After almost two weeks of testing at Emory University, doctors announced that the mass shown in Chief’s’ safety Eric Berry’s MRI was Hodgkin’s disease (also called Hodgkin’s lymphoma). He will begin “standard chemotherapy approaches” to treat the disease, said Dr. Christopher Flowers, director of the lymphoma program at Emory’s Winship Cancer Institute.
In a statement released through the Chiefs, Dr. Flowers said “The goal of Mr. Berry’s treatment is to cure his lymphoma and we are beginning that treatment now.” However, Flowers didn’t offer a timetable or a prognosis for Berry’s recovery.
Hodgkin’s lymphoma is a cancer of the immune system that represents about eight percent of all diagnosed lymphomas and, according to the National Cancer Institute, over 9.000 people in the U.S. will be diagnosed with it this year. Due to medical advancements over the years, the survival rate has increased to over 80 percent.
Berry thanked the Emory University School of Medicine and Dr. Flowers and his team, and said, I will embrace this process and attack it the same way I do everything else in life. God has more than prepared me for it.”
Originally feeling discomfort in his chest during the team’s November 20 loss to Oakland, the pain persisted through the next day. He immediately went through a series of tests that included a CT scan as well as the MRI that showed the mass in his chest that night. Berry shared the news with his teammates a few days later prior to leaving for treatment in Atlanta.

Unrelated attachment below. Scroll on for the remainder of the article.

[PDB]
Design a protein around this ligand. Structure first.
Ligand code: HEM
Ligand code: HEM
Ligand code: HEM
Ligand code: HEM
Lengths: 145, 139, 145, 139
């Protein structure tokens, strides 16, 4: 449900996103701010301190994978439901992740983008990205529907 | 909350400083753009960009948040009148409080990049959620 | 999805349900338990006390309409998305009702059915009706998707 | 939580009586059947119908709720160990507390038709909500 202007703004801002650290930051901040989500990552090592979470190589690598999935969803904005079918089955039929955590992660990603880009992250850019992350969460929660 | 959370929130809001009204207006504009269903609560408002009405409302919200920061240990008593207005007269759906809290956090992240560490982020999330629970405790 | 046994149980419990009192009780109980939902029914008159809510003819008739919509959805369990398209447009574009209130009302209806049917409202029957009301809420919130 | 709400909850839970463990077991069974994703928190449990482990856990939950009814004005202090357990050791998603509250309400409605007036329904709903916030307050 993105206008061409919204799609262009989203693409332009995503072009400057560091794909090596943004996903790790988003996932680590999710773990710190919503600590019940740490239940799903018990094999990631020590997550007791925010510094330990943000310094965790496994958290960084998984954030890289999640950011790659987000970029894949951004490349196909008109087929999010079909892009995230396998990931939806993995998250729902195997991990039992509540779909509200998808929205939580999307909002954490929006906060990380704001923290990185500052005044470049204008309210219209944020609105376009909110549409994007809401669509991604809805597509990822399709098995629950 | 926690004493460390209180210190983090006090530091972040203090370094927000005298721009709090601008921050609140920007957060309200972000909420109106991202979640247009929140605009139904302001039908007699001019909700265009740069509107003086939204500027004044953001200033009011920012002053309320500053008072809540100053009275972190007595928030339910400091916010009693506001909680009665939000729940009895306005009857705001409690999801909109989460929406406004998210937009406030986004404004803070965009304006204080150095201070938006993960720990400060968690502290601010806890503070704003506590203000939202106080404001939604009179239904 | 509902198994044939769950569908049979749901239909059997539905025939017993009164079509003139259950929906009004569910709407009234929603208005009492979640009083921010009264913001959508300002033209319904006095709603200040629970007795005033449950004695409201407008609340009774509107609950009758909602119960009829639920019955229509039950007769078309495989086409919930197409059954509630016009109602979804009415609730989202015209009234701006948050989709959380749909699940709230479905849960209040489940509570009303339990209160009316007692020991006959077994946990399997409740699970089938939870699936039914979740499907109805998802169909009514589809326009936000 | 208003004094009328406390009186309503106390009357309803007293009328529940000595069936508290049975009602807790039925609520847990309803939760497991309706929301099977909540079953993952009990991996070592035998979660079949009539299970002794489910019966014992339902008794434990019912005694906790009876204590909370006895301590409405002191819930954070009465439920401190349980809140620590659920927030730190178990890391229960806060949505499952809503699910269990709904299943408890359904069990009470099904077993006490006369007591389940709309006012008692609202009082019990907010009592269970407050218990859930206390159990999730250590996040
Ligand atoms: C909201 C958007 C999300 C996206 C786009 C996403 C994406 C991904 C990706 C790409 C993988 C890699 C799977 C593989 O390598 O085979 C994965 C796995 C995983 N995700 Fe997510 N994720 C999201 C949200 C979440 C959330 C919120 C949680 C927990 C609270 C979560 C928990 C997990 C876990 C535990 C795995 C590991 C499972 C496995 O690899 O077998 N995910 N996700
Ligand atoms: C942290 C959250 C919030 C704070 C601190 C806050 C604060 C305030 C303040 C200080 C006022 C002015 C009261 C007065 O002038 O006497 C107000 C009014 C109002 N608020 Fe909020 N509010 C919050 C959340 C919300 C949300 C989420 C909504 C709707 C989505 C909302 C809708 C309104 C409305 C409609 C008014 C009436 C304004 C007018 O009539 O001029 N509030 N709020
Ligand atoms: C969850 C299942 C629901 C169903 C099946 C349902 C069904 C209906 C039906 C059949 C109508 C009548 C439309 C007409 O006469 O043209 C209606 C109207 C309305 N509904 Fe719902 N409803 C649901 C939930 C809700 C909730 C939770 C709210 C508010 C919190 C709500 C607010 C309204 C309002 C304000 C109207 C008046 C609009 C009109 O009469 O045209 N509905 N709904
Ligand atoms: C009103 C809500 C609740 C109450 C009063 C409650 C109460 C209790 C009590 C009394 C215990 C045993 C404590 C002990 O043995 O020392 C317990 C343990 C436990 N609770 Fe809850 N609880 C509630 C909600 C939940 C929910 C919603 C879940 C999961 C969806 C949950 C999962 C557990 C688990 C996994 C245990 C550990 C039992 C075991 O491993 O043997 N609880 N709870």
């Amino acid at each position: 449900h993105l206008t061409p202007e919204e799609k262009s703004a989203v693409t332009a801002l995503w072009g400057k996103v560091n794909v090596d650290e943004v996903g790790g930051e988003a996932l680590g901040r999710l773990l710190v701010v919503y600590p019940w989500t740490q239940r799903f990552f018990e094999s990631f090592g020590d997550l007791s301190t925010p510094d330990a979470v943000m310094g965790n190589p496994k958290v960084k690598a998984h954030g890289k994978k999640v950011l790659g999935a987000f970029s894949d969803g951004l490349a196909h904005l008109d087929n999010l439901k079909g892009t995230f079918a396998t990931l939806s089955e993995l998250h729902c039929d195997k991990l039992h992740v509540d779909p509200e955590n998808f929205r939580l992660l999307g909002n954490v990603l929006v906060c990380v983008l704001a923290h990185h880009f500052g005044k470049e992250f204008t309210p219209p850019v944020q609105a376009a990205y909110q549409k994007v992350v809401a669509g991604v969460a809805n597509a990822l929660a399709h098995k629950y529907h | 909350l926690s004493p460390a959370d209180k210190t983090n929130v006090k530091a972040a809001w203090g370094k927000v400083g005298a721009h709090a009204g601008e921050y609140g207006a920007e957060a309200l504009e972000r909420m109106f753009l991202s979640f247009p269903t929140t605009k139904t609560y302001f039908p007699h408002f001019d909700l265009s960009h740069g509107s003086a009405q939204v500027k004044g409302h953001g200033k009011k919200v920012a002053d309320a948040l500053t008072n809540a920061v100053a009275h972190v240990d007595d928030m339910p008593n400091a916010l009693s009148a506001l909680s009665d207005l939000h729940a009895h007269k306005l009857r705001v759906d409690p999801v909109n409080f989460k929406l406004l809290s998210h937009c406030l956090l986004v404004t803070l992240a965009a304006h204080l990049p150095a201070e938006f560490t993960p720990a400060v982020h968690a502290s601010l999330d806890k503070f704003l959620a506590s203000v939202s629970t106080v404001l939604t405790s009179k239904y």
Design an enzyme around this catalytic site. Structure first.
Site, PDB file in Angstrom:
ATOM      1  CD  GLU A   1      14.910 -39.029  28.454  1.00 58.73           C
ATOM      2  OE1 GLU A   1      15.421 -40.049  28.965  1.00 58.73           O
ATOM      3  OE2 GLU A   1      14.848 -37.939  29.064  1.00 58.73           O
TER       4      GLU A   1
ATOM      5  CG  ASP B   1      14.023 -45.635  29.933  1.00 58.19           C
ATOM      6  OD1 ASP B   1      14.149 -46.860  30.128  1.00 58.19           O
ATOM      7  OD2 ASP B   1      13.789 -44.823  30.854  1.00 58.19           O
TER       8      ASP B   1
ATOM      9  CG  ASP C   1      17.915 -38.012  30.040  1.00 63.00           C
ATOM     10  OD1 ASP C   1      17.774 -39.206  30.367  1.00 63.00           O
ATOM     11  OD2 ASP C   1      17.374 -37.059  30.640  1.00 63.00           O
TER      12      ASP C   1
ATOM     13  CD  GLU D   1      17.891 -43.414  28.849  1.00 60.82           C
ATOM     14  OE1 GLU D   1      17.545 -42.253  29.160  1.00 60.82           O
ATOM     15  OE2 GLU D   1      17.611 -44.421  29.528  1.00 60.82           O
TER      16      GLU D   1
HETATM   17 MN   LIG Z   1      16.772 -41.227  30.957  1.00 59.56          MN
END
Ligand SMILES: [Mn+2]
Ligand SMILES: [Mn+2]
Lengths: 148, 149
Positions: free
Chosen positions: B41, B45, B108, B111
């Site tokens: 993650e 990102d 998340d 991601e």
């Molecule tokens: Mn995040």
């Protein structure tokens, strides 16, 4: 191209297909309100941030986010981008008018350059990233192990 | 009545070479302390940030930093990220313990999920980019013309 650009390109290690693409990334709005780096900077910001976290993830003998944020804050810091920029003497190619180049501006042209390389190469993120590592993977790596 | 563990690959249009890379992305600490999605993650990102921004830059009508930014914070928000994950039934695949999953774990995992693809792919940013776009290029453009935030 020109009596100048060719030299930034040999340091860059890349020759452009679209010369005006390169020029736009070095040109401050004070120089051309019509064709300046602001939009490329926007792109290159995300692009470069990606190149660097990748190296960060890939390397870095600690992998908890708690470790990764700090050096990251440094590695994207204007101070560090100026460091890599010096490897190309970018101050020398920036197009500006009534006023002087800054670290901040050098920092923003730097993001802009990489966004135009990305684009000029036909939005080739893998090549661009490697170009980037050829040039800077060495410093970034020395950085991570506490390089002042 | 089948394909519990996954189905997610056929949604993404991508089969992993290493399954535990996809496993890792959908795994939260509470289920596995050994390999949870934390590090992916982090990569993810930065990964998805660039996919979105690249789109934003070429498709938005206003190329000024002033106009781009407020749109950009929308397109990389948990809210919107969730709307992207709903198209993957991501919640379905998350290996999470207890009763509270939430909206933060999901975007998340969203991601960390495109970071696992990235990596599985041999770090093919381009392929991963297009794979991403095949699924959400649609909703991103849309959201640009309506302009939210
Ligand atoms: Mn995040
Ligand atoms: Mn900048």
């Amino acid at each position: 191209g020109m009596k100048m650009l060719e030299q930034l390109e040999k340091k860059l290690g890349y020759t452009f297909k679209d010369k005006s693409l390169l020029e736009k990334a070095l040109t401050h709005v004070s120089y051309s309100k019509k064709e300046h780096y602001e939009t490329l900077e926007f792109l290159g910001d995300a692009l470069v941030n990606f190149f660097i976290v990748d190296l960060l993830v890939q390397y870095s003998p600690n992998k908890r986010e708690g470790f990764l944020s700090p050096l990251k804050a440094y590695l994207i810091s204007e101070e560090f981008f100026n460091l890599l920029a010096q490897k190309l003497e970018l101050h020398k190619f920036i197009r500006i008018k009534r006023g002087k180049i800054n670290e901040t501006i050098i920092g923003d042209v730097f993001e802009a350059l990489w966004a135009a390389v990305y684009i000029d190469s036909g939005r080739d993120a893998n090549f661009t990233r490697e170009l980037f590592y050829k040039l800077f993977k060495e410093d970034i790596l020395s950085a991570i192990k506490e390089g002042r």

The bad news for the Chiefs is that they’ve lost both of their games since Berry was put on the season-ending non-injury list. That makes their chances of making the playoffs. With a 7-6 record, the Chiefs have games against the Raiders, Steelers and the Chargers yet to play and Pittsburgh and San Diego are still possible for the playoffs.
Berry has received lots of support from family, friends, other NFL teams and his alma mater, the University of Tennessee, Knoxville, whose football team wore helmet stickers honoring him in a recent game. The Chiefs have designed a shirt bearing the slogan, “Be Bold – Be Brave – Be Berry” and Cardinals head coach Bruce Arians wore one of them in the Cardinals’ game against the Chiefs. The shirts are being sold online and proceeds are going to the Leukemia and Lymphoma Society.
“My family and I are very grateful for the amount of support we have received over the last couple of weeks,” Berry said. “I can’t tell you enough how much I appreciate all the words of encouragement, the blessings and well wishes.”
This isn’t the first time Hodgkin’s lymphoma has struck the sports world. In 1993 it was Hall of Fame hockey player Mario Lemieux who received this diagnosis at the pinnacle of his playing career with the Pittsburgh Penguins. He missed about two months to undergo radiation and other treatments and then took a leave of absence. He eventually returned to the Penguins to finish out his playing career. Lemieux went on to found the Mario Lemieux Foundation that funds medical research projects and supports a number of other organizations, including the University of Pittsburgh Cancer Institute.
Another athlete with Hodgkin’s lymphoma was Cubs first baseman Anthony Rizzo. He was successfully treated with chemotherapy in 2008 and just this past season was voted to his first All-Star game.
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